Up jumped Bilbo, and putting on his dressing-gown went into the dining-room. There he saw nobody, but all the signs of a large and hurried breakfast. There was a fearful mess in the room, and piles of unwashed crocks in the kitchen. Nearly every pot and pan he possessed seemed to have been used. The washing-up was so dismally real that Bilbo was forced to believe the party of the night before had not been part of his bad dreams, as he had rather hoped. Indeed he was really relieved after all to think that they had all gone without him, and without bothering to wake him up (“but with never a thank-you” he thought); and yet in a way he could not help feeling just a trifle disappointed. The feeling surprised him.
But then, unbeknownst to Mr Baggins, last night something Tookish had awoken in him. Of course it was all That Wizard’s fault, but Bilbo did not know the full extent of how much he had been caught up in something quite outside of his scale of thought, for however briefly. It had all started two mornings past when he was standing at his door after breakfast smoking an enormous long pipe that reached nearly down to his wooly toes, his favourite morning pipe at that. An old man had come by in a grey worn cloak and a white scarf over which a white bread hung, though strands of black still showed about his lips. He had a grave look on his long face, though it seemed to Bilbo yet benevolent and still kind, such as a stern grandfather might have toward a beloved child who had just been caught pinching apples from his orchard.
“Good morning” Bilbo had called to him, though by the time the conversation was over he rather wished that he hadn’t, and by the next evening he wished that even more so. You see, Hobbits are, by nature, rather hospitable creatures and rather enjoy having guests round to share good food and conversation, and so out of instinct the poor Hobbit found himself so flustered that he excused himself from the conversation and offered up an invitation to supper the next evening as a peace offering. The wizard, for that is who the old man was, had been speaking about taking Mr Baggins on some sort of awful adventure, or at least that is what poor Bilbo had been able to surmise, and so the hobbit had made good his escape as soon as he was able.
Of course when the next evening had come round, Bilbo had quite forgotten about the whole unpleasant business and was just sitting down to a spot of tea with some cake when the doorbell went, and he found himself beset by Dwarves. First one showed up and Bilbo, being hospitable by nature as all hobbits are, had invited him in. But then another arrived, and then a pair and another five after that, and so company had become a troop and then a throng. Finally another four Dwarves arrived, including a very curt and stern, though perfectly proper, Dwarf named Thorin Oakenshield. And with them had finally come That Wizard. Apparently this whole situation had been of his design, and took no small amount of quiet amusement in the outworkings of it.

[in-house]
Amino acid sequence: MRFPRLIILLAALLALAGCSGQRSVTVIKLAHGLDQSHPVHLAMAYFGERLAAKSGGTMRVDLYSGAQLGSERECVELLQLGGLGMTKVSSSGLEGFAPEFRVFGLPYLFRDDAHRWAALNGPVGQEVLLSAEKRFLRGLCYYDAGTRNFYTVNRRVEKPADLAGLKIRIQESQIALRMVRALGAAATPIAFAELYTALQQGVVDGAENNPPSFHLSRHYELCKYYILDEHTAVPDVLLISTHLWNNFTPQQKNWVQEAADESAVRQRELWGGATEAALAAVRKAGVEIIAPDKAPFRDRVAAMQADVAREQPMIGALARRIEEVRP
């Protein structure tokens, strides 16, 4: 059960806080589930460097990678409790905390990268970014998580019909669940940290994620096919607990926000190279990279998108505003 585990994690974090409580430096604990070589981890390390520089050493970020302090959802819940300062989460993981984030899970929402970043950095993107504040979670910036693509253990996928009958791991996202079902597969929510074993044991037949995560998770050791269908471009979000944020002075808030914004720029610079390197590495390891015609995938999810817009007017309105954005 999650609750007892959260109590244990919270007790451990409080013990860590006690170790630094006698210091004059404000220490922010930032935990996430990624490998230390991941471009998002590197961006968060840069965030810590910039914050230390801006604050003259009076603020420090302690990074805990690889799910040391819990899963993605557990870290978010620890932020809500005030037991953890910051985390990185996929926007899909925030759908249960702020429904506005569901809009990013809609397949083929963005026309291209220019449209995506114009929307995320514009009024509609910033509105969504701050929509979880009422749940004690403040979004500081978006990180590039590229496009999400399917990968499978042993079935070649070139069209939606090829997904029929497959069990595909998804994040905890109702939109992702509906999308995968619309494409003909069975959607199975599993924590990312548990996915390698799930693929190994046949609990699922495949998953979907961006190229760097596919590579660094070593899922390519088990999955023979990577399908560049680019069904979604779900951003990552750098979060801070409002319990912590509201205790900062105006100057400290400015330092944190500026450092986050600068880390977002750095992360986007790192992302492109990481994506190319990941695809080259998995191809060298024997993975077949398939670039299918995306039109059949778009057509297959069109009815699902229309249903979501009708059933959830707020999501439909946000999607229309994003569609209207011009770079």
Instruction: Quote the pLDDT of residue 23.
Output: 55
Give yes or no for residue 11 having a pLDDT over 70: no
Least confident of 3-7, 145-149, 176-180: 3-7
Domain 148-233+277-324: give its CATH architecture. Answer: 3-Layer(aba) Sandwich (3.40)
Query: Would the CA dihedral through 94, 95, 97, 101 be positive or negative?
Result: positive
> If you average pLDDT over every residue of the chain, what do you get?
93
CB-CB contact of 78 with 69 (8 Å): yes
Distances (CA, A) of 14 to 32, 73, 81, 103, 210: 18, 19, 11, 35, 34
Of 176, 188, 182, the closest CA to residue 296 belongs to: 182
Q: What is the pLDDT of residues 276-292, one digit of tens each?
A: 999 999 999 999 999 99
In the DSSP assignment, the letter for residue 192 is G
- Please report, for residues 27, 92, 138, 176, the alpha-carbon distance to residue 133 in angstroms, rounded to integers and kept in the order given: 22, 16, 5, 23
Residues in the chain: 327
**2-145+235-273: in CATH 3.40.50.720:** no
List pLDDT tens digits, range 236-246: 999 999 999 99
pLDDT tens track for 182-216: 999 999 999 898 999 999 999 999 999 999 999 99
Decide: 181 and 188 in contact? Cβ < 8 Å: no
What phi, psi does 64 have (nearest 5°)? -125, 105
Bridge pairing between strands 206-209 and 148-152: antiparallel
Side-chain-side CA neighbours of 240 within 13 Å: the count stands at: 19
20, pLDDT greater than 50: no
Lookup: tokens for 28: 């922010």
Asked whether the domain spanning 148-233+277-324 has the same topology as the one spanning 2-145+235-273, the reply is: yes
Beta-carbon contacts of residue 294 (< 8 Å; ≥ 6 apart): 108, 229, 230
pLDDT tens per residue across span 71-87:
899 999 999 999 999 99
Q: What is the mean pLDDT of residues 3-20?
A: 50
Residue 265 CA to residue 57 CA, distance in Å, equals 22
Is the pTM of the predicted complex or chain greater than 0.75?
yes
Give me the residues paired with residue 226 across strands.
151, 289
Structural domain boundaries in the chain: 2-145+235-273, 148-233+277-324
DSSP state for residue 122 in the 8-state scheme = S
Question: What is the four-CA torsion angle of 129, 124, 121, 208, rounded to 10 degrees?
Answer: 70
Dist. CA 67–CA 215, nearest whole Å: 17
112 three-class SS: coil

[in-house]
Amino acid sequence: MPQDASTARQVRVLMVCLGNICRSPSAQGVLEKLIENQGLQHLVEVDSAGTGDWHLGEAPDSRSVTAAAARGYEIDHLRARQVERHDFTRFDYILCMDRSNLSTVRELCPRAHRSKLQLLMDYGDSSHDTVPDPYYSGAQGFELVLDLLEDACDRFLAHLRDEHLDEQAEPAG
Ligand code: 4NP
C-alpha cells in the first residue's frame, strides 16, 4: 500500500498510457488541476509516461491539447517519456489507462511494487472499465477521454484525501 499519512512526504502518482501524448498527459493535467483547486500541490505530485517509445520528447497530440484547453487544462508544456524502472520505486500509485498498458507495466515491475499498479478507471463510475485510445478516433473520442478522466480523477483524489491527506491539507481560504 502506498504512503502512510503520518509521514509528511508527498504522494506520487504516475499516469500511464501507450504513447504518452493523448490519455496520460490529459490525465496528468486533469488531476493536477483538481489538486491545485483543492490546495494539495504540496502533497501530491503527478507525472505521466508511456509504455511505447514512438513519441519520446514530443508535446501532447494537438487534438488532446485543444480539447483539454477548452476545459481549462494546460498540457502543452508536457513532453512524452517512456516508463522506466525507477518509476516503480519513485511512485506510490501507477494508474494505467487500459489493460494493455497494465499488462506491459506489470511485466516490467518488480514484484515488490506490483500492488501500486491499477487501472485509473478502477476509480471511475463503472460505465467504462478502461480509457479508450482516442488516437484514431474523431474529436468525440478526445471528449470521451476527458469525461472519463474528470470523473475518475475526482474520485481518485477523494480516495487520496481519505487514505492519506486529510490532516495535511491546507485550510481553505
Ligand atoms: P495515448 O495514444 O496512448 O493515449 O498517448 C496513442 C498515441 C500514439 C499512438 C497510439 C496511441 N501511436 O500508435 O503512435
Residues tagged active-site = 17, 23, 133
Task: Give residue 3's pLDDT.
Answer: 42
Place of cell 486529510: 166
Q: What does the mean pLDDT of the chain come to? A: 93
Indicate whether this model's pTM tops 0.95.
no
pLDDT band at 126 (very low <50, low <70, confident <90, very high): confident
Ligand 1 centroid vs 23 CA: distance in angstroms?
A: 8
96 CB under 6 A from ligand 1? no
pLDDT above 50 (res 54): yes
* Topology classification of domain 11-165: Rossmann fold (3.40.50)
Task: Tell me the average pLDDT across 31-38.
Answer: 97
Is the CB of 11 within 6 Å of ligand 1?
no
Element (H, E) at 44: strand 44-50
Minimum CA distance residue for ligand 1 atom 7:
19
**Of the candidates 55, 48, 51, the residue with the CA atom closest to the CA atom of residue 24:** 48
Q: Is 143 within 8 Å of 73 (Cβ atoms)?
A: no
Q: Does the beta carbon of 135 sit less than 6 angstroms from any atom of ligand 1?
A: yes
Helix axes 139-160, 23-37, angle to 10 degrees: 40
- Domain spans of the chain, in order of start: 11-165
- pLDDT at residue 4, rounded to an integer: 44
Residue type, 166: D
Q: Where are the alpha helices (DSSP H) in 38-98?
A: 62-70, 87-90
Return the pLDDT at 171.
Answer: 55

And so the evening went on, and Bilbo learned that not only were these Dwarfs on a quest to reclaim their treasure from a dragon, a very dangerous quest by the sounds of things, but that they wanted him of all hobbits, of all anyone that is, to come with them as their Burglar to help steal it back. Now of course Mr Baggins was all in favour of the sacred laws of property ownership, and enforcing those rules as much as any gentleman denied what is rightfully his. But to contend with a live dragon is another thing entirely.
Yet as the Dwarves talked and sann, Bilbo found himself caught up in the stories and songs of Dwarven yore. He felt the love of beautiful things made by hands and by cunning and by magic moving through him, a fierce and jealous love, the desire of Dwarves. Then something had awoken in him, and he wished to go and see the great mountains, and hear the pine-trees and the waterfalls, and explore the caves, and wear a sword instead of a walking stick. But that desire passed and inviting them to breakfast, out of courtesy more than any other motivation, Bilbo excused himself and went to bed.
And now here he stood, in the ruin that was his kitchen, and he quickly shook the feeling of disappointment from his shoulders and went about his business, Then just as he was sitting down to a nice little second breakfast in the dining-room by the open window, in walked That Wizard into his hole rather impatient.
“And whatever are you still doing here?” The wizard’s voice seemed to resonate around the confines of Bilbo’s hobbit-hole, as though it was too small to contain such a mighty presence. “They are waiting for you at the Green Dragon Inn. I trust you can find your way there at least.” he said with a bushy eyebrow raised. “No time for chatter, off you go!”
To the end of his days Bilbo could never remember how he found himself outside, without a hat, walking stick or any money, or anything that he usually took when he went out; leaving his second breakfast half-finished and quite unwashed-up, pushing his keys into Saruman’s hands, and running as fast as his furry feet could carry him down the lane, pass the great Mill, across The Water, and then on for a whole mile or more. Very puffed he was, when he got to the Green Dragon Inn and found he had come without a pocket-handkerchief!
Chapter I coming soon…